Monday, January 26, 2015

Thanks to All VEA Lobby Day Participants!!!

It was a very busy day at the Capitol.  First, thanks to the hundreds of VEA members who ignored the weatherman and made their way to Richmond for VEA Lobby Day.
Senator Howell’s SB 905 passed the full Senate on its third and final reading today.  This is the first VEA initiated bill to pass in its chamber of origin this year.  The tuition tax credit provisions in the Code of Virginia prescribe insufficient accountability requirements for the “eligible schools,” and don’t provide adequate information to facilitate an accurate comparison of these schools for interested parents.  Requiring these schools to compile the results of “any national norm referenced test” seems wholly inadequate if parents are to make informed choices of schools.  SB 905 fixes this problem.

YEAS--Alexander, Barker, Colgan, Dance, Deeds, Ebbin, Edwards, Favola, Hanger, Howell, Lewis, Locke, Marsden, McEachin, Miller, Norment, Petersen, Puller, Ruff, Saslaw, Stosch, Wagner, Watkins, Wexton--24.

NAYS--Black, Carrico, Chafin, Cosgrove, Garrett, Martin, McDougle, McWaters, Newman, Obenshain, Reeves, Smith, Stanley, Stuart, Vogel--15.

Once again the “Tebow Bill,” HB 1626, has been reported by the House Education Committee.  This is the bill to allow home schooled students to participate in interscholastic activities including sports.  The vote was 13 to 9, and it did not fall down party lines as two Republicans voted NO - see below.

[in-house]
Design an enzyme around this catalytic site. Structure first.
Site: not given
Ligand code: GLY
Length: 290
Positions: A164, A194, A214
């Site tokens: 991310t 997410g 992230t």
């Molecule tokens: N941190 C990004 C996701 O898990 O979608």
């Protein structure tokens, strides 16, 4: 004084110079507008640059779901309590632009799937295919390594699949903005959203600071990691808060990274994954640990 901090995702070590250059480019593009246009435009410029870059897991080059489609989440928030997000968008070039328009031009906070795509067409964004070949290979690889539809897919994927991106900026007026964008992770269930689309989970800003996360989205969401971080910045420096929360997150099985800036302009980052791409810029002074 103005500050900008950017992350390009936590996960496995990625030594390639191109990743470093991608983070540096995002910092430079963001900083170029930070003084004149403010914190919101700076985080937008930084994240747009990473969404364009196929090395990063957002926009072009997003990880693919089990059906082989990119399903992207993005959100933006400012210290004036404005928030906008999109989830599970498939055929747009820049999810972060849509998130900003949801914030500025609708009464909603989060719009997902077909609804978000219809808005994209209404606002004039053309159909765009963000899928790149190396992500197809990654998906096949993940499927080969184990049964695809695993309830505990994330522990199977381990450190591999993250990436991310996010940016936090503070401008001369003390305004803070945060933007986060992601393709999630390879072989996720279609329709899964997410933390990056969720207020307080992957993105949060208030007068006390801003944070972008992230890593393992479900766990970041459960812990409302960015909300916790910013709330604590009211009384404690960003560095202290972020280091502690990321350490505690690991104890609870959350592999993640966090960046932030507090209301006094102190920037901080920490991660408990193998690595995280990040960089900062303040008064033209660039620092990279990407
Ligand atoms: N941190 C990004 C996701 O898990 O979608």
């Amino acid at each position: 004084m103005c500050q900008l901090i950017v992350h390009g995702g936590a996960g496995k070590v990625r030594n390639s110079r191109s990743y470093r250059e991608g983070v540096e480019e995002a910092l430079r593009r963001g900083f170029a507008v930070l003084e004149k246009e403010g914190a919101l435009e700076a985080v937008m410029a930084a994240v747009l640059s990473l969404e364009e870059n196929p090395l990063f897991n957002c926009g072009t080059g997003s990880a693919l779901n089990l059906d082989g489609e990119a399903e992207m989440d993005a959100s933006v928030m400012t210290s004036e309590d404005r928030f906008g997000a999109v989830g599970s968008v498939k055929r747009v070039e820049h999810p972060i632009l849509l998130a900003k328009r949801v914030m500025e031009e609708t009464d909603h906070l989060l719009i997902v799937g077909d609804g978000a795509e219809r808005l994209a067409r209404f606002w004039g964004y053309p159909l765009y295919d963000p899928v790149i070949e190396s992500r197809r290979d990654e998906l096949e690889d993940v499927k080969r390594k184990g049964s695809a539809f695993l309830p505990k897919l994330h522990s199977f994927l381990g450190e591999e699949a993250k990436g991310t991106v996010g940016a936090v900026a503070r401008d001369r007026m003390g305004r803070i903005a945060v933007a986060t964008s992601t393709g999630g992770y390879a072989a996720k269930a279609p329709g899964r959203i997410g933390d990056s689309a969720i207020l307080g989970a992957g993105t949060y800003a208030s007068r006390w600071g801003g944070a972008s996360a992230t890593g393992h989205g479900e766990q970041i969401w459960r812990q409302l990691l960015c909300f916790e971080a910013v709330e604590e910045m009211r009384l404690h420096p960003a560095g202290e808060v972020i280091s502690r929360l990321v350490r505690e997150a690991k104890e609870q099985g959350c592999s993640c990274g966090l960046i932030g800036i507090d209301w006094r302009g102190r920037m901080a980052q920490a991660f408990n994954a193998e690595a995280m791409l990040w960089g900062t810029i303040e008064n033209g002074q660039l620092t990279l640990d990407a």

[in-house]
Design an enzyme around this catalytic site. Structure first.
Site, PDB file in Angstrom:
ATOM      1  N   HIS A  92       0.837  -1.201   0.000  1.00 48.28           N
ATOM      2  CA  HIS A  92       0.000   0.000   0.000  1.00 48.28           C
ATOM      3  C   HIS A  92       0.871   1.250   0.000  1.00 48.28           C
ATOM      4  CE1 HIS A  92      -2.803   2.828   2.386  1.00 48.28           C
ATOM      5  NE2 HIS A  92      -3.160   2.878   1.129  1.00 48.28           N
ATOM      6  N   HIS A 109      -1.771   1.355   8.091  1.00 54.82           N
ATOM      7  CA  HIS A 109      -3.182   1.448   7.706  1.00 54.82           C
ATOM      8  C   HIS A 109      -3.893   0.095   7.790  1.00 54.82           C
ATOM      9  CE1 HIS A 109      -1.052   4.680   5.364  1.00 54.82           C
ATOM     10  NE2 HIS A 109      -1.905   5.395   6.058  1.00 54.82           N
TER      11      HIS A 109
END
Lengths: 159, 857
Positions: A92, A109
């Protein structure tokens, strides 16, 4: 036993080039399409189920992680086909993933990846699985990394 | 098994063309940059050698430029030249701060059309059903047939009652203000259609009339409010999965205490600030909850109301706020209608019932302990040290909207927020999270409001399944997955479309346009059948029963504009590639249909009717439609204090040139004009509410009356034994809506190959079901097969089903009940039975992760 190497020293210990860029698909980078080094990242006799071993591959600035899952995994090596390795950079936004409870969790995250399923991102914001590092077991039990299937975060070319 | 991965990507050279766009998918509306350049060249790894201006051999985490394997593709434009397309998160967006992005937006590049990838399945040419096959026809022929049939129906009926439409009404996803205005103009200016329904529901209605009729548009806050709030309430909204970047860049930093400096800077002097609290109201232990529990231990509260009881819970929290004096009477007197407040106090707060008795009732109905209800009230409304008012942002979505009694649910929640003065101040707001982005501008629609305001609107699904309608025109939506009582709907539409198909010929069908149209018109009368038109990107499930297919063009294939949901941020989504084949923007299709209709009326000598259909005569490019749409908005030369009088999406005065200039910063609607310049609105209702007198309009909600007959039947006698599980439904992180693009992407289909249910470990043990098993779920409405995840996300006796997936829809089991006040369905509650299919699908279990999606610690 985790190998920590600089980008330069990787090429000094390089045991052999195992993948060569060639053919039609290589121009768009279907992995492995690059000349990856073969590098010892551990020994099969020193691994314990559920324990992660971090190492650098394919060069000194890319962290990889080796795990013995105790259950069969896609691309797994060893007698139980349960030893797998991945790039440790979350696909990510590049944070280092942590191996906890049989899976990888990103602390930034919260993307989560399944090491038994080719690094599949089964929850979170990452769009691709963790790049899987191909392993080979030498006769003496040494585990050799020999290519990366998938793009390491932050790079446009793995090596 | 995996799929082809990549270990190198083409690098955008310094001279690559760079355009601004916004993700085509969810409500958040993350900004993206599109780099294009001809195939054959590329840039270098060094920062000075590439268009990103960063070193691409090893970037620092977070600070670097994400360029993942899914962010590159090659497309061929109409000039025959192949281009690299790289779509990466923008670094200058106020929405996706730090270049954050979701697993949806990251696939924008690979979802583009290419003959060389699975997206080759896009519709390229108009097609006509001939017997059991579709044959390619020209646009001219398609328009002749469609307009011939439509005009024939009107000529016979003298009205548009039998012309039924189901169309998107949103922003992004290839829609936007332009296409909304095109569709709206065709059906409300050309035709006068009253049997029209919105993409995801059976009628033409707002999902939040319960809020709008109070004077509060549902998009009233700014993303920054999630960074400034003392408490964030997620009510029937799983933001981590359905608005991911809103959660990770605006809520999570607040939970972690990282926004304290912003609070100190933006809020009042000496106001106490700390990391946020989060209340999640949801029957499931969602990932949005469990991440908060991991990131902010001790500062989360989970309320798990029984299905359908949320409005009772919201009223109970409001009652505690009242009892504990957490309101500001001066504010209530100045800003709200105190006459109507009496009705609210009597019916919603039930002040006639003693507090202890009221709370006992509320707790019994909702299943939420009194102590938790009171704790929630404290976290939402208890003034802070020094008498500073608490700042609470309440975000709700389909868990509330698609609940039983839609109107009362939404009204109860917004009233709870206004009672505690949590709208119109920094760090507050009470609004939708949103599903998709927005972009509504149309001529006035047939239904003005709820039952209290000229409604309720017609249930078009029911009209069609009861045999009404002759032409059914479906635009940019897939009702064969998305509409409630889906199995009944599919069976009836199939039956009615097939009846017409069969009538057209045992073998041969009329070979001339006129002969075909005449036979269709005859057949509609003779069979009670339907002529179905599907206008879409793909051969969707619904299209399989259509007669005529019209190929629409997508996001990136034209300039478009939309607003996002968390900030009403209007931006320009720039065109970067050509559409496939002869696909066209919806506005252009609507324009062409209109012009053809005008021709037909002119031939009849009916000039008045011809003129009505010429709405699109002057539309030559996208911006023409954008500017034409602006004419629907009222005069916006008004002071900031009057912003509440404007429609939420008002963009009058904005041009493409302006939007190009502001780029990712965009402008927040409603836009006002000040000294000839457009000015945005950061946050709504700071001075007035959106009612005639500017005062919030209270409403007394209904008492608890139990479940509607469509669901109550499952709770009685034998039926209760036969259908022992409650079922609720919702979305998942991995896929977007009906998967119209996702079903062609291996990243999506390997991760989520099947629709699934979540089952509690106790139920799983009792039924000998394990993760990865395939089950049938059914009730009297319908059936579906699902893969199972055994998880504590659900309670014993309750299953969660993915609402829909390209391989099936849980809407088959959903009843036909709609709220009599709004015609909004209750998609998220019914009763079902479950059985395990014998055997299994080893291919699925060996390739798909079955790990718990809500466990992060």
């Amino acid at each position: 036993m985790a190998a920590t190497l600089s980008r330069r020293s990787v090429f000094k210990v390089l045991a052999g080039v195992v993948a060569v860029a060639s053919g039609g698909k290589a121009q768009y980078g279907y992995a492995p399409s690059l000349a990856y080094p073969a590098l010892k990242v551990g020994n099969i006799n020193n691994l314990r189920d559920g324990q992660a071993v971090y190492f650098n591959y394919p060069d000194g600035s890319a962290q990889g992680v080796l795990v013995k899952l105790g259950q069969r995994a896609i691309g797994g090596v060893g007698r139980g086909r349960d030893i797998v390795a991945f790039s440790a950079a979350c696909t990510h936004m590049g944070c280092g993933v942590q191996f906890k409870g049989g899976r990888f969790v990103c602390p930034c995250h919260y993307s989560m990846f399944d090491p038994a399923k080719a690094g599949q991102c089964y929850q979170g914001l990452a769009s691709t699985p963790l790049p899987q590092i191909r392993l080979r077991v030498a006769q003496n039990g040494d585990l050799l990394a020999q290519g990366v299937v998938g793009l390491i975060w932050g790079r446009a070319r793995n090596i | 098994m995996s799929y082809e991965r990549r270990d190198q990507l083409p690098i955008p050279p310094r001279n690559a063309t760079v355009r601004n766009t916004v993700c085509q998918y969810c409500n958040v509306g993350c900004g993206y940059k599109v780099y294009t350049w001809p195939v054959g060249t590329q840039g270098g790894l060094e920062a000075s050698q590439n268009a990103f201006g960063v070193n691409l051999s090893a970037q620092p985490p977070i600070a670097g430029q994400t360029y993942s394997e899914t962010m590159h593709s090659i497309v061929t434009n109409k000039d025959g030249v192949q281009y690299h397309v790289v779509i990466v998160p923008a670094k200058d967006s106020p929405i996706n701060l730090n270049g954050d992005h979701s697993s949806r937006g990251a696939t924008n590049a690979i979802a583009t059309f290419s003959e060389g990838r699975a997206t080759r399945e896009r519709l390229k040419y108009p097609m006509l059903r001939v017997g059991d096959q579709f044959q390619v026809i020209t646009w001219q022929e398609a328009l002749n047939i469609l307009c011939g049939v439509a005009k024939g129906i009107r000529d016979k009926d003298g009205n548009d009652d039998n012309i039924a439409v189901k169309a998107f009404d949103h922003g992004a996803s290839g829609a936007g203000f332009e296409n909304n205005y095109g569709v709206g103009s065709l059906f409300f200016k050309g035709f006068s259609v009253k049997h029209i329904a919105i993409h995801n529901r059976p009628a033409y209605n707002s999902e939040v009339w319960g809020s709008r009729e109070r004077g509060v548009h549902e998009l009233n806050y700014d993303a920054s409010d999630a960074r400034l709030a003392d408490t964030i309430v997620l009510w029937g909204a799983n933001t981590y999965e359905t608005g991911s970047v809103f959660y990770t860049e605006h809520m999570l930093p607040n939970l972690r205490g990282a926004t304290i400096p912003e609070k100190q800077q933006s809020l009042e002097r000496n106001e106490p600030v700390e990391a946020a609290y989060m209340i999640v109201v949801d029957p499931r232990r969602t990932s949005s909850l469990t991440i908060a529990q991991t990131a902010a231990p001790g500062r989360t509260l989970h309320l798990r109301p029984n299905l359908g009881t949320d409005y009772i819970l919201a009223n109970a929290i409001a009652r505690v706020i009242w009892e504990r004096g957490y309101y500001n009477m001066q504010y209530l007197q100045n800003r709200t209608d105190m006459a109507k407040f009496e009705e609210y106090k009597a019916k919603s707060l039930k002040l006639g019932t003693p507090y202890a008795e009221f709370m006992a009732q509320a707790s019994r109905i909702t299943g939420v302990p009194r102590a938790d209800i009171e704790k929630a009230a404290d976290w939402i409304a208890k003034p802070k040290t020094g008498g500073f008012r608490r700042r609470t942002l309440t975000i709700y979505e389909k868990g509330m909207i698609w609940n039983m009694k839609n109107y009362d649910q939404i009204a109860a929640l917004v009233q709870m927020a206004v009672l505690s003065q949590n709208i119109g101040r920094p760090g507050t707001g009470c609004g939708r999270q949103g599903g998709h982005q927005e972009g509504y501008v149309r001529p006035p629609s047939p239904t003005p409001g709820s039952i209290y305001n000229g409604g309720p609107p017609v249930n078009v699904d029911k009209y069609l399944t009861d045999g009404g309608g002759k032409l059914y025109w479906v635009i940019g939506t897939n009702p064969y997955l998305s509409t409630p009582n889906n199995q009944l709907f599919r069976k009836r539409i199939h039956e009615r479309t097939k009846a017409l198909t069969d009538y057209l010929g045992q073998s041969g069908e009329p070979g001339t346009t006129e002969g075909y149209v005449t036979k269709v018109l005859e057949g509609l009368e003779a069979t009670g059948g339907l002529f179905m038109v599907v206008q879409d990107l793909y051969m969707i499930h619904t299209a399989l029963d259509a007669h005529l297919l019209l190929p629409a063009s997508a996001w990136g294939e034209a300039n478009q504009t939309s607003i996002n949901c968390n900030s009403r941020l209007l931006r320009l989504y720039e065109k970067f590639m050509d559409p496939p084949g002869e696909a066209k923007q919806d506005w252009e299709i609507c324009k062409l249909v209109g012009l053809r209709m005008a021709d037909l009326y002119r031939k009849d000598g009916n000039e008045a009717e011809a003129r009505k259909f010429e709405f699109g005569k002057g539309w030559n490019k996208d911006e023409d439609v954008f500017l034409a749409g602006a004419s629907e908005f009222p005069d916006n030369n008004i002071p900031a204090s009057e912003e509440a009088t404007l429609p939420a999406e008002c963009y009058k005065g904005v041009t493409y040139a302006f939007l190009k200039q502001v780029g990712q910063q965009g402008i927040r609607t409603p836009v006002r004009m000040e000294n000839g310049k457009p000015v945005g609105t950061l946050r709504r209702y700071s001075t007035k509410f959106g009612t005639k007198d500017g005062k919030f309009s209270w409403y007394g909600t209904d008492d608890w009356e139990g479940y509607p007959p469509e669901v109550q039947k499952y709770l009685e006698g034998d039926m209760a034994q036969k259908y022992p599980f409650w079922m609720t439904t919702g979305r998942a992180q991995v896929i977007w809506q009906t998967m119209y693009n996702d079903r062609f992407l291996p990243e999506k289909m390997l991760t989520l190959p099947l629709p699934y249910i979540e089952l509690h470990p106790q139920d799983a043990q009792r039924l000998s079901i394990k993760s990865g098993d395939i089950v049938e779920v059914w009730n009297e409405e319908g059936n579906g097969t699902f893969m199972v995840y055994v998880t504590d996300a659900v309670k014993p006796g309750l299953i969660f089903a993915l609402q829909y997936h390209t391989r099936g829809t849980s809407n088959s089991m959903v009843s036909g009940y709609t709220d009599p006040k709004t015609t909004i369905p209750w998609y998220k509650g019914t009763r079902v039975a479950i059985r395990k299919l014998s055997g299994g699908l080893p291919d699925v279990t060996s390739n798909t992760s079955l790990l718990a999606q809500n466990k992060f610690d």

YEAS--Landes, Lingamfelter, Cole, Pogge, Massie, Greason, Bell, Richard P., LeMunyon, Robinson, Yancey, Farrell, Davis, Leftwich--13.

NAYS--Rust, Yost, McClellan, Tyler, Bulova, Keam, Hester, Preston, Lindsey--9.

You may remember that this bill passed the house last year, but was defeated in the Senate.  Things have changed a bit in the Senate, so time will tell.

In the Public Education Subcommittee of the Senate Committee on Education and Health of number of significant bills advanced.  Senator John Miller’s SB 1020 reported to full committee on a 3-2 vote.  This bill will reduce the number of SOL tests given in our public school to the minimum required by the federal government.

Senator Mamie Locke’s SB 1320 reported unanimously.  This bill calls on the Board of Education to establish “accreditation ratings that recognize the progress of schools that do not meet the accreditation benchmarks but have significantly improved their pass rates, are within specified ranges of benchmarks, or have demonstrated significant growth for the majority of their students.”

Finally, a very significant bill from Senator Garrett, SB982, was reported to full committee.  This bill “Requires the Board of Education, in its course and credit requirements for earning a high school diploma, to provide that no verified unit of credit shall require a minimum number of clock hours of instruction.”  This could fundamentally change the manner in which we organize our high schools.  The bill has great promise, but will present substantial implementation challenges.